Legal Experts Call Attacks On Clarence Thomas ‘Ridiculous,’ Slam Media Reports As ‘Incomplete’
- Legal experts and judges rejected recent reporting on Justice Clarence Thomas, saying it failed to uncover true wrongdoing and instead aimed to influence public opinion.
- Reports allege Thomas violated ethics rules by accepting expense-paid vacations from friend and billionaire Harlan Crow, failing to disclose the sale of his mother’s home to Crow, and not updating the name of a real estate firm he received rental income from after its name changed in 2006.
- “With each new hit piece, the Left is revealing its true motive: to impugn Justice Thomas by any means necessary, no matter how ridiculous the charge,” Carrie Severino, Judicial Crisis Network president and former clerk to Justice Thomas, told the Daily Caller News Foundation.
Media reports on alleged scandals surrounding Justice Clarence Thomas reveal the Left’s desire to destroy his credibility, legal experts told the Daily Caller News Foundation.
After the ProPublica report on Thomas’ acceptance of expense-paid trips from his friend, billionaire real estate developer Harlan Crow, which Thomas said his colleagues assured him was not reportable, multiple other reports were released accusing Thomas of wrongdoing. Lawyers told the Daily Caller News Foundation the reports are incomplete, amounting to a smear campaign aimed at swaying public perception, joining two federal judges who also criticized the reports this week.
“With each new hit piece, the Left is revealing its true motive: to impugn Justice Thomas by any means necessary, no matter how ridiculous the charge,” Carrie Severino, Judicial Crisis Network President and former clerk to Justice Thomas, told the Daily Caller News Foundation.
The Washington Post published a story on Sunday on Justice Thomas reporting income from a “defunct real estate firm” on his financial disclosures. The “defunct” company that ceased to exist in 2006 — Ginger, Ltd., Partnership —changed its name that same year to operate as Ginger Holdings, LLC.
“The Washington Post should consider covering the Biden Administration with the vigor they put into investigating whether Justice Thomas wrote LLC or LLP,” Republican Arkansas Sen. Tom Cotton tweeted, reacting to the story.
Because critics of Thomas cannot argue his approach or decisions are legally incorrect, they “drop innuendos and incomplete information” to hope “uninformed people will assume the worst,” Thomas Jipping, senior legal fellow for Heritage Foundation’s Edwin Meese III Center for Legal and Judicial Studies, told the DCNF.
“Justice Thomas’ critics cannot convince the public that his approach to judging or his individual decisions are legally incorrect, so they and their media enablers drop innuendos and incomplete information, hoping…that uninformed people will assume the worst,” he continued. “Falsely smearing a judge whose decisions left-wing groups and politicians don’t like will further erode the public’s confidence in the independence and impartiality of the judiciary.”
ProPublica published a story last week on Crow’s purchase of a single-story home where the justice’ mother lived, along with two empty lots on the same street in Savannah, Georgia, which Crow told the outlet he intended to turn into a public museum telling the justice’s story.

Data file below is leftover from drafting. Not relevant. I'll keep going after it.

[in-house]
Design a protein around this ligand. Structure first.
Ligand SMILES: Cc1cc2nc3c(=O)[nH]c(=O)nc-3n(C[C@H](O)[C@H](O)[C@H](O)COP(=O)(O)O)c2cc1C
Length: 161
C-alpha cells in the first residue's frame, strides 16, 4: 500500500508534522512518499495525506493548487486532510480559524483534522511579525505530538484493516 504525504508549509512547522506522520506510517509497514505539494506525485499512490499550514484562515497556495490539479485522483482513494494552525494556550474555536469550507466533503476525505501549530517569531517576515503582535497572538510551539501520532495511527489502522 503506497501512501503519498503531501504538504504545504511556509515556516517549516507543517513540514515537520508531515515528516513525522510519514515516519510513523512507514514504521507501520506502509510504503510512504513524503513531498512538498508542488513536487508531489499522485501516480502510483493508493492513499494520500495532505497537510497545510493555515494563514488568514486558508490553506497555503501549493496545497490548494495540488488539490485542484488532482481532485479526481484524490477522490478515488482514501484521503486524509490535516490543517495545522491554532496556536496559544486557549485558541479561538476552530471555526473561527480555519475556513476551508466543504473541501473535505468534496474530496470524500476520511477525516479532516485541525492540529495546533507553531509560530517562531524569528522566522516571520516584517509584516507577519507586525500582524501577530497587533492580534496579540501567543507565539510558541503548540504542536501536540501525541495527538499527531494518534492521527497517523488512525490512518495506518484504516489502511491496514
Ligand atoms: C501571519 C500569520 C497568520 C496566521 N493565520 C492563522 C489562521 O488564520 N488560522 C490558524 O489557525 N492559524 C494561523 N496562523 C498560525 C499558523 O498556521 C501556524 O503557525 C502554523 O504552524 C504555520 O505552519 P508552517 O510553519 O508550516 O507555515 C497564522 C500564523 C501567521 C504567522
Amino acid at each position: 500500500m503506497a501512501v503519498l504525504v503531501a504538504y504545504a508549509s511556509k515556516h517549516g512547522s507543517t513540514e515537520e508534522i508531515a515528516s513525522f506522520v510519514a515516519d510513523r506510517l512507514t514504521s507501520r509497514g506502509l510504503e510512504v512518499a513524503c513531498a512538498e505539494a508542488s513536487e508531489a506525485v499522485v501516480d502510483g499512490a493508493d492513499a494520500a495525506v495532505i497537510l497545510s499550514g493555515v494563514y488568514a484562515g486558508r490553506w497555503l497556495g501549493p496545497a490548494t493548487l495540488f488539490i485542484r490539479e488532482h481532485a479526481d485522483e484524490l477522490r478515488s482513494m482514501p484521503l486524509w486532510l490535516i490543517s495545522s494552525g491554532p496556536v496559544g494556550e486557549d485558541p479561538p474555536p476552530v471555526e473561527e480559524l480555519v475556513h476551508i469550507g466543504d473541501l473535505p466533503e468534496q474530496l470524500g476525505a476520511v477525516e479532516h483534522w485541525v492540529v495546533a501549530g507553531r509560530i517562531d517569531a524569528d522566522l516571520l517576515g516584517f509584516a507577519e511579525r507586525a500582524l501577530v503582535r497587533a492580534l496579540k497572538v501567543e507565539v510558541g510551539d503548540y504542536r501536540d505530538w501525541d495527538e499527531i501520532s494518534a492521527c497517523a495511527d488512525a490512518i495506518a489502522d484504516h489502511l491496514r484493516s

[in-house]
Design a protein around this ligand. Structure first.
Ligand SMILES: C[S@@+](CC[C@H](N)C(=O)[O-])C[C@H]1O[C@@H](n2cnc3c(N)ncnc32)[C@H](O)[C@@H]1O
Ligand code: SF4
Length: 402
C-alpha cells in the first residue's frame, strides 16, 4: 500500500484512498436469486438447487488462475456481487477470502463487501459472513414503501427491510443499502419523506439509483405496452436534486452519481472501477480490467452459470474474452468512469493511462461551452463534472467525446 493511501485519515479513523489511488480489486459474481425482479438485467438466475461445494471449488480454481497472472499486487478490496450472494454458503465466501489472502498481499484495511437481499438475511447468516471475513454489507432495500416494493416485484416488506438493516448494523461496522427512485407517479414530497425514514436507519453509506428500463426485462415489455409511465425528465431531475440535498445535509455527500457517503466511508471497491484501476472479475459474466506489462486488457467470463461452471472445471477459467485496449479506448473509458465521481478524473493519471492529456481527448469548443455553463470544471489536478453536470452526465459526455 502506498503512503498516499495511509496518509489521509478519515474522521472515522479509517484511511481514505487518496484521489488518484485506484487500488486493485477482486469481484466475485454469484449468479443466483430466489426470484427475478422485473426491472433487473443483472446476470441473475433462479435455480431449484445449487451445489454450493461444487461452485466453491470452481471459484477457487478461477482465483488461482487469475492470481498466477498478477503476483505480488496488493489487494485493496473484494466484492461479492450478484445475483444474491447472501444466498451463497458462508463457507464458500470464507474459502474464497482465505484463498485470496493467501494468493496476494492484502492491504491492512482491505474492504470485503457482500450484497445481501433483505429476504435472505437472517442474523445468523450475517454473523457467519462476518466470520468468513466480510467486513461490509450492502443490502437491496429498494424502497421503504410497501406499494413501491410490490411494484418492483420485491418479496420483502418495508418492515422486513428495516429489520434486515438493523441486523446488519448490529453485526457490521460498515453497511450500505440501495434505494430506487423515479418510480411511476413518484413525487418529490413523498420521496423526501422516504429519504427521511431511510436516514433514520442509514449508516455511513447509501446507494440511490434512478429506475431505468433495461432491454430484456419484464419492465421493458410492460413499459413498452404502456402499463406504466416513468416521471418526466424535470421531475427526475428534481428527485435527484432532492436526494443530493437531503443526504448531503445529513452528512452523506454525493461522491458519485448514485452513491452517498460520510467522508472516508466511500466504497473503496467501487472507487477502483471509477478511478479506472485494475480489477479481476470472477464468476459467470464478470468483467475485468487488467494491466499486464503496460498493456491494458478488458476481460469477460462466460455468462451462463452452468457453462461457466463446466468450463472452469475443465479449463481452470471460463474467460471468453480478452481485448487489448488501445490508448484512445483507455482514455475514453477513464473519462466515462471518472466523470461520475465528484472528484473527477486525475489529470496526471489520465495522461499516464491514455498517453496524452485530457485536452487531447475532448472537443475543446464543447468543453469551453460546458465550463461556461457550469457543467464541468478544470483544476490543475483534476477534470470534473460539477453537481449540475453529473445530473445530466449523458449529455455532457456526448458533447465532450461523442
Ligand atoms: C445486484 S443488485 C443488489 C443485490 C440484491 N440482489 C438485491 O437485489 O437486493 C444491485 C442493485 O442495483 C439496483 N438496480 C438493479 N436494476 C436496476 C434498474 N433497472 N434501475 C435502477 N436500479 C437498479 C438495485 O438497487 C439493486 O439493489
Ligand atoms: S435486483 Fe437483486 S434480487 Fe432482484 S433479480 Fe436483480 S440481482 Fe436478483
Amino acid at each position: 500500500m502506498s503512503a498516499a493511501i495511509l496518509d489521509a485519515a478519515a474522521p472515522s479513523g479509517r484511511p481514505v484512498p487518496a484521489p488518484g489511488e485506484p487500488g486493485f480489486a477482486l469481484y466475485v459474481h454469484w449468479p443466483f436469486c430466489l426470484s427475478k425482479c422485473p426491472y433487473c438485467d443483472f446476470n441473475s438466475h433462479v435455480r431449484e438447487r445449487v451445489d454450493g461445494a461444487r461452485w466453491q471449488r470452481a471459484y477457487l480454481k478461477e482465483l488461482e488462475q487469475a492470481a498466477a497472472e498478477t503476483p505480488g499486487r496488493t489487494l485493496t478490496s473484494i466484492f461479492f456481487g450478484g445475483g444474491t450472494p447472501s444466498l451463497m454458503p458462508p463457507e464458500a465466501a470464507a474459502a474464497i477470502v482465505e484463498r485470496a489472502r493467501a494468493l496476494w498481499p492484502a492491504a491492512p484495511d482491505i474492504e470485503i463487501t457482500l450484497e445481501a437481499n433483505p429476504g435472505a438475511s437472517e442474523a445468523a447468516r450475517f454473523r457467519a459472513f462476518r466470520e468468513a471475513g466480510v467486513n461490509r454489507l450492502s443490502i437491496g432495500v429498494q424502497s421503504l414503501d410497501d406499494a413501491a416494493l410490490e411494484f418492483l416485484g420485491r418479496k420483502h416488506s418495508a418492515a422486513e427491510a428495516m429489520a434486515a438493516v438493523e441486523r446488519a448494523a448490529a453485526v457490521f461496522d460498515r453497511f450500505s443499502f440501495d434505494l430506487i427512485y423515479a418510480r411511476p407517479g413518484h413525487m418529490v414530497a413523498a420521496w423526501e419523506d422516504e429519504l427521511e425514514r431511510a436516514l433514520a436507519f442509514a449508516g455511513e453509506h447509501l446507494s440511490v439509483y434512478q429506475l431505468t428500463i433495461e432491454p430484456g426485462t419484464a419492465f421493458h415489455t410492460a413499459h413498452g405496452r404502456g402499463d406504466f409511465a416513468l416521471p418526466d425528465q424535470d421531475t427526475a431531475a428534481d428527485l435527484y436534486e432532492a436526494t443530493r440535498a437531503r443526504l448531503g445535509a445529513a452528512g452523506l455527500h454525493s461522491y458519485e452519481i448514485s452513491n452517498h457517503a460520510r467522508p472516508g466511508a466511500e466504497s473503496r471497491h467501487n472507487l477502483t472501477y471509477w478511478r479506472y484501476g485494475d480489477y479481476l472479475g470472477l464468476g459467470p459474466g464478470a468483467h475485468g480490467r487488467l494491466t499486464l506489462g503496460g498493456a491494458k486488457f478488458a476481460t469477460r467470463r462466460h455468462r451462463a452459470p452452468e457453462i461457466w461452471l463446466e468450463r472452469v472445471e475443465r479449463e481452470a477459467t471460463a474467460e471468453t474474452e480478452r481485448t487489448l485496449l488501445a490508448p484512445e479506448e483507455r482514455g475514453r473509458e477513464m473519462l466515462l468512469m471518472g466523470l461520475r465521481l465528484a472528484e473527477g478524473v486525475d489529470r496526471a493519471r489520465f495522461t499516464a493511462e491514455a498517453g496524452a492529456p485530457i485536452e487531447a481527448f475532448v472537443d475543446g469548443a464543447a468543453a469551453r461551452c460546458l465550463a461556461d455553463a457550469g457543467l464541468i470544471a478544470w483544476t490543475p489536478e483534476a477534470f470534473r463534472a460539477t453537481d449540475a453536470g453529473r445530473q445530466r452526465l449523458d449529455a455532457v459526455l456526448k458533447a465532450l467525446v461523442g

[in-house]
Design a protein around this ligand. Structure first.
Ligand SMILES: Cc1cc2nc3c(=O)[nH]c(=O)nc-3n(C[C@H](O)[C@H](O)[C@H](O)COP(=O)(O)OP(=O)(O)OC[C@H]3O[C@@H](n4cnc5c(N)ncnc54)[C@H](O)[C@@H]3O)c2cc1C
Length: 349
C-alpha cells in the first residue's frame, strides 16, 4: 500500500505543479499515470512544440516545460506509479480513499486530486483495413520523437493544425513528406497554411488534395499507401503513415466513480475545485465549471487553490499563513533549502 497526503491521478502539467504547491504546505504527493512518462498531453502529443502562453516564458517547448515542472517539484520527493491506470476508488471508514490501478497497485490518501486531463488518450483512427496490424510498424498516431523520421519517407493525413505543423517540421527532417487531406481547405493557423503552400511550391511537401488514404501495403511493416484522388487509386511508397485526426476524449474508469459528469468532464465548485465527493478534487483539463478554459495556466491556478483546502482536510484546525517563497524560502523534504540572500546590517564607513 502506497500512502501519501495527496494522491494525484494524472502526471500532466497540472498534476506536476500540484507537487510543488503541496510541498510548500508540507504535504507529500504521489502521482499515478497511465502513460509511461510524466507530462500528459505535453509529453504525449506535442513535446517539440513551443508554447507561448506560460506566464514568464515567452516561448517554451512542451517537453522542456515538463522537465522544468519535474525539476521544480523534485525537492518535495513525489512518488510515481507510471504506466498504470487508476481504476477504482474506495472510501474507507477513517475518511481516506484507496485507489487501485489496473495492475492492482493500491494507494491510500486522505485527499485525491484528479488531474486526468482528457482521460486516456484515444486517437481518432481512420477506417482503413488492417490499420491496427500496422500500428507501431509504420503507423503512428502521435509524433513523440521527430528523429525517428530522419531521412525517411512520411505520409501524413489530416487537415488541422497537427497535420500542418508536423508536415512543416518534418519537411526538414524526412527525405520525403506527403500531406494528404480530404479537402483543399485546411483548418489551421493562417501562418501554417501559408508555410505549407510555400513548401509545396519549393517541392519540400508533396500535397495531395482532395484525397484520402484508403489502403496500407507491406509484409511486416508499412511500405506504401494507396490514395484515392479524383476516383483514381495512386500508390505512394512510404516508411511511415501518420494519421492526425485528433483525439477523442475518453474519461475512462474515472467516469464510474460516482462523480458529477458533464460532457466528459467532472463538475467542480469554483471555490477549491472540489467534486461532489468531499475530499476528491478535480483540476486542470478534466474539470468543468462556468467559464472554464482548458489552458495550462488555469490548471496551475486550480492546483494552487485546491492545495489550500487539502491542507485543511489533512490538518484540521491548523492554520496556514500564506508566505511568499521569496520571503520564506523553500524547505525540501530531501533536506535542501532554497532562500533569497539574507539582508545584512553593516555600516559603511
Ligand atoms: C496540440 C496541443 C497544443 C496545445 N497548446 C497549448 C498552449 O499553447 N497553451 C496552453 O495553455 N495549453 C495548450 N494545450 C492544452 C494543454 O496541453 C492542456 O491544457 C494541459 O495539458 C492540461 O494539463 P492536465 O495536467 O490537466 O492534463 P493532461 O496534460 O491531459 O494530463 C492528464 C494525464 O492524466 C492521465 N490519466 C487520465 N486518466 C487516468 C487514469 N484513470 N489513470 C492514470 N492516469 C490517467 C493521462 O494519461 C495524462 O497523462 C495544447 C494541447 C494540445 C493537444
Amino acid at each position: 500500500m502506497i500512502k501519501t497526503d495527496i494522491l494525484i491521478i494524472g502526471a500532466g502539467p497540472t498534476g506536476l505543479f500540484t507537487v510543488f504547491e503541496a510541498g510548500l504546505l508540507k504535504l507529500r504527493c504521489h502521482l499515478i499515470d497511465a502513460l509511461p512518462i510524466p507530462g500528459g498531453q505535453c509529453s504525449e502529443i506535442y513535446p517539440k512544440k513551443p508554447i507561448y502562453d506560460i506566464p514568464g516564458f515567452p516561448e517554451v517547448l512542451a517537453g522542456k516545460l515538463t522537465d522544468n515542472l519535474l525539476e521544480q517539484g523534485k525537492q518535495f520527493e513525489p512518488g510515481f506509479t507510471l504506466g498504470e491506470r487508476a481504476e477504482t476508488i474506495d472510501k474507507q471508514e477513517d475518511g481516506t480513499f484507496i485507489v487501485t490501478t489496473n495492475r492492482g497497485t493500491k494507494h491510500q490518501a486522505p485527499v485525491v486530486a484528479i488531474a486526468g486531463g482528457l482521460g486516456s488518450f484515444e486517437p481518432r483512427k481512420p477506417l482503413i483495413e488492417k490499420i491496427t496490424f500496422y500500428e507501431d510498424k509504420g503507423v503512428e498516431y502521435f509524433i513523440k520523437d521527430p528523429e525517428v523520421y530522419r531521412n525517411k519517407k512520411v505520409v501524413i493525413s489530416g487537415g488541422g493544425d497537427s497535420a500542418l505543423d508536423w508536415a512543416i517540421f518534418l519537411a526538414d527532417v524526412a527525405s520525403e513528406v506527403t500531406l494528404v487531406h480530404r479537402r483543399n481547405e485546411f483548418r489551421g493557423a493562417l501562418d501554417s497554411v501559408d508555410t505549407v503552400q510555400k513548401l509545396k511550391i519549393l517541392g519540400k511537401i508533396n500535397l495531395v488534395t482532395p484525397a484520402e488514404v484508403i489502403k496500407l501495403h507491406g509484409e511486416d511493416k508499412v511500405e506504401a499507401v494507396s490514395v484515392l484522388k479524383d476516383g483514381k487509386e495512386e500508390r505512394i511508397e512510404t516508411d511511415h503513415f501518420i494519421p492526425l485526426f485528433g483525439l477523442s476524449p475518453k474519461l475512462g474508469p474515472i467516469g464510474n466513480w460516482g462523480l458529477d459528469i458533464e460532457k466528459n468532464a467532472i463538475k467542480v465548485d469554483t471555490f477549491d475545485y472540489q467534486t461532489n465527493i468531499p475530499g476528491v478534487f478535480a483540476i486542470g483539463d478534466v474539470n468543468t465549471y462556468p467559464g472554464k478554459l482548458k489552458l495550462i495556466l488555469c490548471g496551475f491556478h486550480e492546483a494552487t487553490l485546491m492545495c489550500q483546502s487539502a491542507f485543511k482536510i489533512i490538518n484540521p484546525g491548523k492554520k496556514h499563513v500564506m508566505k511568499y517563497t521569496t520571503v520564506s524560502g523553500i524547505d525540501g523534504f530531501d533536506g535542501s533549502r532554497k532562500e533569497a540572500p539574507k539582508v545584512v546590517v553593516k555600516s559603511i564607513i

Thomas will amend his disclosure to include Crow’s purchase of the home, which he believed was not necessary to report because he lost money on the deal, a source close to Thomas told CNN on Monday.
Though the story prompted Democratic senators to request the DOJ launch an investigation, Jipping pointed out it, along with the others, doesn’t actually prove wrongdoing.
“Justice Thomas did not report personal hospitality from longtime friends that he was not required to report,” he said. “He reported rental income but failed to fill in the new name of the property owner. He reported his small financial interest in property he co-owned for years but apparently not when the property was sold.”
“It is beneath the media and our elected representatives to collude in suggesting that matters like these, and not the merits of Justice Thomas’ judging, are important to the [American] people,” he continued.
Crow himself told the Dallas Morning news he believed it was a “political hit job.”
Two federal judges have also criticized the reporting. Fifth Circuit Judge James Ho, who previously clerked for Thomas, defended him during Tuesday remarks to a Dallas Federalist Society chapter, according to Reason.
He noted there is a “big difference between actual corruption and the appearance of corruption,” pointing to a Wall Street Journal report from 2021 alleging over 100 judges failed to recuse themselves from cases where they had a financial interest.
“It showed that judges are imperfect human beings, like everyone else,” he said, referring to the story. “But I don’t recall anyone calling for all of these judges to be impeached or punished.”
Ho said he welcomed discussion about strengthening ethics and disclosure requirements, but rejected “hypocritical double standards.”
Third Circuit Judge Thomas Hardiman also criticized ProPublica’s initial report, which alleged Thomas violated ethics rules by failing to disclose acceptance of expense-paid trips from Crow, dismissing the idea that it is a “scandal.”
“[T]here was no intimation at any time, ever, that his billionaire friend ever had any business before the Supreme Court. So, how’s he helping his friend?” he said at an April 12th event, according to the National Review. “He’s not even in a position to help his friend because his friend had exactly zero cases in the Supreme Court.”
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